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Old 08-22-2018, 09:47 PM #1
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Default AP Switching: Aripiprozole to Quetiapine

Have any of you had experience with switching from Abilify to Seroquel?


For those with limited time, etc., please feel free to skip the background info and pick up on the paragraphs below the last set of double lines AP Switching: Aripiprozole to Quetiapine


===========================================


Briefly, our 16yr old (PDD-NOS) had been placed on Abilify for 2 and one-half years when he becoming very irritated and angry. The first time he was placed on it, it was in conjunction with Luvox. At first, things improved for quite some time, but as the Luvox began reaching close to therapeutic doses (and they did a very slow titration, can't fault them for bringing it up too fast), he began manifesting, what I would call, disinhibition - something we'd only see with SSRI's. The odd, inappropriate and totally-uncharacteristic behaviors began spilling over at school and we withdrew him from all medications.


His PsyMD had warned that the return of the anger would probably have us to return DS to the Abilify, which it did.


He was on it for 2yrs or so without any mood stabilizers and it seemed to work well, for the most part. Saw no side effects, to speak of, till the end.


It was decided to take him off the Abilify for a number of reasons, the primary one being what I suppose would be the onset of a type of impulsivity (becoming manic-like about those things he impulsively decides to do), which has become debilitating.


Trileptal was tried unsuccessfully during the period of a very slow reduction of the ariprozole over the course of the summer, before the Seroquel was started a few weeks ago.


Cross tapering Abilify (at 7.5 - 5mg; reduced from its 21+ mg level 10 weeks previously) Seroquel was started at 75mg during the final week of his taking Abilify and Trileptal, afterwhich it was eventual raised to 200mg over 2 or 3 weeks.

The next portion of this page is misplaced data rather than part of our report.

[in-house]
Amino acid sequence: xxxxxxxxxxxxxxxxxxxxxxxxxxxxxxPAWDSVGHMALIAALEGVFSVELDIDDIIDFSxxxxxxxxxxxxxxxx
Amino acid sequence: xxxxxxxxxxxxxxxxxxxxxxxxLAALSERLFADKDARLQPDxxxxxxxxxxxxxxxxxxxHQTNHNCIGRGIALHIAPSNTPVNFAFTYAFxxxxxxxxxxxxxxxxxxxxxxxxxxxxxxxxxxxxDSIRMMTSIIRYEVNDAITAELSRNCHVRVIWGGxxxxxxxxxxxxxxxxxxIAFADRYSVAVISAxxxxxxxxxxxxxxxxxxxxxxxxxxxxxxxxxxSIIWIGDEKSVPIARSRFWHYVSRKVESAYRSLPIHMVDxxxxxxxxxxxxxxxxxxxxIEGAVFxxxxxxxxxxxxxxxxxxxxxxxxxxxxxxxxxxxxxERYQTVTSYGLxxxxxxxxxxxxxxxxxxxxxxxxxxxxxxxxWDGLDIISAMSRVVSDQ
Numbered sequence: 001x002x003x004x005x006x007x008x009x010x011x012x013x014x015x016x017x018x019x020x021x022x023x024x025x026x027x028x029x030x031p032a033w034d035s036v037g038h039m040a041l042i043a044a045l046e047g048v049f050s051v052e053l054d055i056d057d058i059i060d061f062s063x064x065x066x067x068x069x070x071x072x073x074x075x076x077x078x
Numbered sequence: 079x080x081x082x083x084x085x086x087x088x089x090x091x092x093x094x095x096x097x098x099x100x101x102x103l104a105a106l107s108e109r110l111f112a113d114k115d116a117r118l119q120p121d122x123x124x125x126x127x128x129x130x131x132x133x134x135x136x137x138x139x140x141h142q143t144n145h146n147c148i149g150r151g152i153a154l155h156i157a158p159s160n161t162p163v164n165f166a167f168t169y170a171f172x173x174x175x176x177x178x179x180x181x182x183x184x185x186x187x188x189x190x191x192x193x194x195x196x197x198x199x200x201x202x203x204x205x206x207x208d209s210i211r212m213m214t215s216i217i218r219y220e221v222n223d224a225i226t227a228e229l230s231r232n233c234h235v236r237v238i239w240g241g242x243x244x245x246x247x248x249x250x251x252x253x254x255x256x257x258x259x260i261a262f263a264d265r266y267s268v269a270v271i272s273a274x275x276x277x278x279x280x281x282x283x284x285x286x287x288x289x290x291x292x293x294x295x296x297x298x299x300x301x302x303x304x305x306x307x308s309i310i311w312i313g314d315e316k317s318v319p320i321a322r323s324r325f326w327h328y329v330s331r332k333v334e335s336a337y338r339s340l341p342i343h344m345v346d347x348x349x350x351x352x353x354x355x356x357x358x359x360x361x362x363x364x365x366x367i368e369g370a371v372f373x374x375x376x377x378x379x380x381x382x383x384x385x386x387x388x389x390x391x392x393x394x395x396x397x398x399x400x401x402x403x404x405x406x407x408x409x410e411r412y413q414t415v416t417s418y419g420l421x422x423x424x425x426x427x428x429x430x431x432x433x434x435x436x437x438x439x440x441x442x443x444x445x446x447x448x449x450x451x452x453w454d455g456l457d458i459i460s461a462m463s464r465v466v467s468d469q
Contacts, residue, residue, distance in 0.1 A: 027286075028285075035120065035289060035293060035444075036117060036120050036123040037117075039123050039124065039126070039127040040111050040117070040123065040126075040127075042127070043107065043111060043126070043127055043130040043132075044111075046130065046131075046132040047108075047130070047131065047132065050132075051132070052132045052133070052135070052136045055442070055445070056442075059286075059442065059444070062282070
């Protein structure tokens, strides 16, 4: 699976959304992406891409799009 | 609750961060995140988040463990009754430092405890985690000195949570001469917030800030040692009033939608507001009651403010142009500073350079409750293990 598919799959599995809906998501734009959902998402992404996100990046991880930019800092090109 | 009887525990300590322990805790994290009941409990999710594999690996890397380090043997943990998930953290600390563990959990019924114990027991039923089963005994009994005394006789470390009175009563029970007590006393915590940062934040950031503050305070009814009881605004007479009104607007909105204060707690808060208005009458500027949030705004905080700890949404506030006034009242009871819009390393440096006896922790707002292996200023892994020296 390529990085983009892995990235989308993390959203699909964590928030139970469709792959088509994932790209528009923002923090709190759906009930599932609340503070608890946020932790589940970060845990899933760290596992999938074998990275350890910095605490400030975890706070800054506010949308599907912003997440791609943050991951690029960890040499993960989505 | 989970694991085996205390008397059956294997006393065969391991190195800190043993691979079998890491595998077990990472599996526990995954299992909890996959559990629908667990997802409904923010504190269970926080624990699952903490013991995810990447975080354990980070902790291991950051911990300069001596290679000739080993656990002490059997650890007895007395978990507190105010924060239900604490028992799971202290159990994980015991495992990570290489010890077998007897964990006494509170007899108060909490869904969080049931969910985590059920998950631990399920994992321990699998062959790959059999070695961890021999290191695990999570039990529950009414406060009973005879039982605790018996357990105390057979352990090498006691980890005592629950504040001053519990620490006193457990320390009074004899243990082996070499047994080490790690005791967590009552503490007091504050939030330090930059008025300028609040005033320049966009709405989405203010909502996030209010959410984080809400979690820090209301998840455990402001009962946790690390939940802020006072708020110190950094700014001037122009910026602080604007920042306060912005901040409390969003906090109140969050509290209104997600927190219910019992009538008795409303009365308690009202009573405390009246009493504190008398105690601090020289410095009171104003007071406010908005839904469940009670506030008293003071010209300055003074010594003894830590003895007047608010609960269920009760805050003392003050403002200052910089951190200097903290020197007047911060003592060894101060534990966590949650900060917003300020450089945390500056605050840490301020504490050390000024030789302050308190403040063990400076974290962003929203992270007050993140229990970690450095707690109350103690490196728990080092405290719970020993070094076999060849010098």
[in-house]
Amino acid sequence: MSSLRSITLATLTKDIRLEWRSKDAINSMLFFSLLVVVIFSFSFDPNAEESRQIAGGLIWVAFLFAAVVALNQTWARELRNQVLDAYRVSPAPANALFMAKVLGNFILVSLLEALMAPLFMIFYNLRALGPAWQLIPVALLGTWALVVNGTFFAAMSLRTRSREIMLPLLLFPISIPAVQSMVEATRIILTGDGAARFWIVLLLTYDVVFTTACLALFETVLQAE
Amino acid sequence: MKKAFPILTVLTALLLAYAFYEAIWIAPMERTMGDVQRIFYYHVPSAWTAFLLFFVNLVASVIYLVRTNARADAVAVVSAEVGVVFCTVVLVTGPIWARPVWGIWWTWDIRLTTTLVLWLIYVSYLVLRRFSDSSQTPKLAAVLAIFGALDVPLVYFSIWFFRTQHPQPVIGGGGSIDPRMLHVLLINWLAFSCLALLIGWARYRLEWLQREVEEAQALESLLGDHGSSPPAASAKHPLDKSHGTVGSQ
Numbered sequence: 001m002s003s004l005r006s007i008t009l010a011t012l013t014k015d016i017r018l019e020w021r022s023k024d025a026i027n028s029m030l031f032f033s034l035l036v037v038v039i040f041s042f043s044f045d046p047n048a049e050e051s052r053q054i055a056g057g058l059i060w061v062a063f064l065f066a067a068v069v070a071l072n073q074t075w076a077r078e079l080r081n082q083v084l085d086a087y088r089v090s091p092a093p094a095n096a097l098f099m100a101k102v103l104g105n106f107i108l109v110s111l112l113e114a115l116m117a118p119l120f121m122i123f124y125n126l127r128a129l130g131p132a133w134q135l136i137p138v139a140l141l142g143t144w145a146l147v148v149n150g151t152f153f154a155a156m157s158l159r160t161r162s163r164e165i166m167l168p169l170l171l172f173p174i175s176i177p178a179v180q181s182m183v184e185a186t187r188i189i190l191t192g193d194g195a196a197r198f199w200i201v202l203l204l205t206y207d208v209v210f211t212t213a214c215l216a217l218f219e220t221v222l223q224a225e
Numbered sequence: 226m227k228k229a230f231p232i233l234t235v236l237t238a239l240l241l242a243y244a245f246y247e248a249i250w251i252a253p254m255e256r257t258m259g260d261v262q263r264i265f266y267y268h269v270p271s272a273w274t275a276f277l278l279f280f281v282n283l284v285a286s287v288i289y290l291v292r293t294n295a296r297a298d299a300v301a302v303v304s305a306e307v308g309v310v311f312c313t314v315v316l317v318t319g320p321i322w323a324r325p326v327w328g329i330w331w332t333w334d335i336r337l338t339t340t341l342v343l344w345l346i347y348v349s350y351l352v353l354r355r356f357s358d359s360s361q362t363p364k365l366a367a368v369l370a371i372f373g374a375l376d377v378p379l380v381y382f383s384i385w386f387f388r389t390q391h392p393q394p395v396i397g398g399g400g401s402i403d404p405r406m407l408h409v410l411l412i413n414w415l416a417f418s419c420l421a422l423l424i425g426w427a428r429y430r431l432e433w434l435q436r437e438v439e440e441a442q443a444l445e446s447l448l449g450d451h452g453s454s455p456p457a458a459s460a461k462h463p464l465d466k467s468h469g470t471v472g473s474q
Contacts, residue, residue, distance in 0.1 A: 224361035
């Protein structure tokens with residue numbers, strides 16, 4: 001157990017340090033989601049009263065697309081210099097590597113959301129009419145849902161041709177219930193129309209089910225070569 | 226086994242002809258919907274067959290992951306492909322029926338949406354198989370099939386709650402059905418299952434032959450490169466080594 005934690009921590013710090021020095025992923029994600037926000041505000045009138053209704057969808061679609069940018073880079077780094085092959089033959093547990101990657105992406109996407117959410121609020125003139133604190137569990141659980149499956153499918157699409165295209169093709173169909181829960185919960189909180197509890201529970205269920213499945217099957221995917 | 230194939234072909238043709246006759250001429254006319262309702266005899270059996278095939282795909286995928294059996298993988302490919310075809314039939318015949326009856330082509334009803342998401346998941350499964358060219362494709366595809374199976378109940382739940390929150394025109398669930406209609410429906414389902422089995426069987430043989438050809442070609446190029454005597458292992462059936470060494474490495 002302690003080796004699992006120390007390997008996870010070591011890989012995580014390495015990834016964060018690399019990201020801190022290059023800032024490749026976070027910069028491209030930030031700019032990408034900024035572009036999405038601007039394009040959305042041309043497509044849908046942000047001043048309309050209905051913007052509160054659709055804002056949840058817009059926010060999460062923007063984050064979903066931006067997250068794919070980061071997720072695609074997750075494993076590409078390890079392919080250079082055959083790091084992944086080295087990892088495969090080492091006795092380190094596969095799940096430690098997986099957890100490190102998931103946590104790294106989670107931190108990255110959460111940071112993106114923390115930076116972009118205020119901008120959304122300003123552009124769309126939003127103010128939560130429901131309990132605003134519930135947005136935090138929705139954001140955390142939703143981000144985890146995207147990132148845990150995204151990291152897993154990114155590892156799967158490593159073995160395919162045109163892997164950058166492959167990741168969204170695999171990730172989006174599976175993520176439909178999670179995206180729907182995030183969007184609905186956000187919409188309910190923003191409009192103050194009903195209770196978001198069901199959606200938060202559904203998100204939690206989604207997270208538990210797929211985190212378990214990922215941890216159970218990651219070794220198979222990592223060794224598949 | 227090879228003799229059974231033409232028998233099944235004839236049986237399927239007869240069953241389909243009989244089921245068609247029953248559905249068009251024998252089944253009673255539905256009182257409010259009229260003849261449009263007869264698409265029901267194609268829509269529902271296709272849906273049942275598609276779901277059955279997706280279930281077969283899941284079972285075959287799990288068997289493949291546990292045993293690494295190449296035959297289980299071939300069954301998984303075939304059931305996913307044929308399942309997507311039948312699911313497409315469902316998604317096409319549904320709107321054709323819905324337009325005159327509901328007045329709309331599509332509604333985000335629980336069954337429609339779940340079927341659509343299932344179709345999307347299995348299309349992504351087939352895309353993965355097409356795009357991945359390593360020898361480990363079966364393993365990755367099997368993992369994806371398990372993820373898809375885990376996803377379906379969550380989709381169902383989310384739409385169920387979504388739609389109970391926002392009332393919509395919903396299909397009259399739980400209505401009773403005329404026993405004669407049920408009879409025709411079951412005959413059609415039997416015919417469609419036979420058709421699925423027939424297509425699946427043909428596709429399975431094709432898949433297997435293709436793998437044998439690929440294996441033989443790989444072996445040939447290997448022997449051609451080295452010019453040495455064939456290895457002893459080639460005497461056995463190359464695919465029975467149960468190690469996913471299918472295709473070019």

Cut to the chase. What DS experienced, in addition to the somnolence (one of the few pluses), out of control hunger, reduction in drive and interest was surprisingly an increase in anger. A marked increase. Levels of intensity that we'd previously not seen.


When it began spilling over in school and he began having altercations with other students, over-reacting with verbal threats, we decided to begin back-pedaling with the Seroquel. It didn't take too much of a reduction (to about 100mg) before he began experiencing difficulty sleeping, night-mania returns with a vengeance, etc.


Despite things looking dim with respects to Quetiapine, we were'nt ready to give up on it just yet. We had seen moments of epiphany in DS, something that was indeed, extremely rare with him. I'd always said that given the choice of having his teeth yanked out with a pair of pliers and no anesthesia or having a moment of quiet, thoughtful reflection, he would pick the former as being the less painful option.


Maybe, despite the PsyDoc taking a pretty conservative approach with respects to tapering, it still wasn't done slowly enough. So we began increasing, ever so slightly.


Now, within 60 - 75% of his previous max of 200mg/day, the hostility/anger/irritation (he says he will feel more 'autistic', easily irritated by small, irrelevant things) is beginning to heat up (it has never really dissipated, it is either only manageable or not manageable), the hunger for sugars and carbs is again, out of control but, this time, there is no epiphany, no reflection, he doesn't want to go to bed and when he does, I don't think he sleeps well.

======================================================


Question: What is the likelihood of the increased irritation and increased anger (experienced spontaneously throughout the day, regardless of dosing time, scheduling, where he is at) continuing or worsening as we climb towards a therapeutic dose of Seroquel. I know that some effects of this AP have been known to abate with time in some individuals.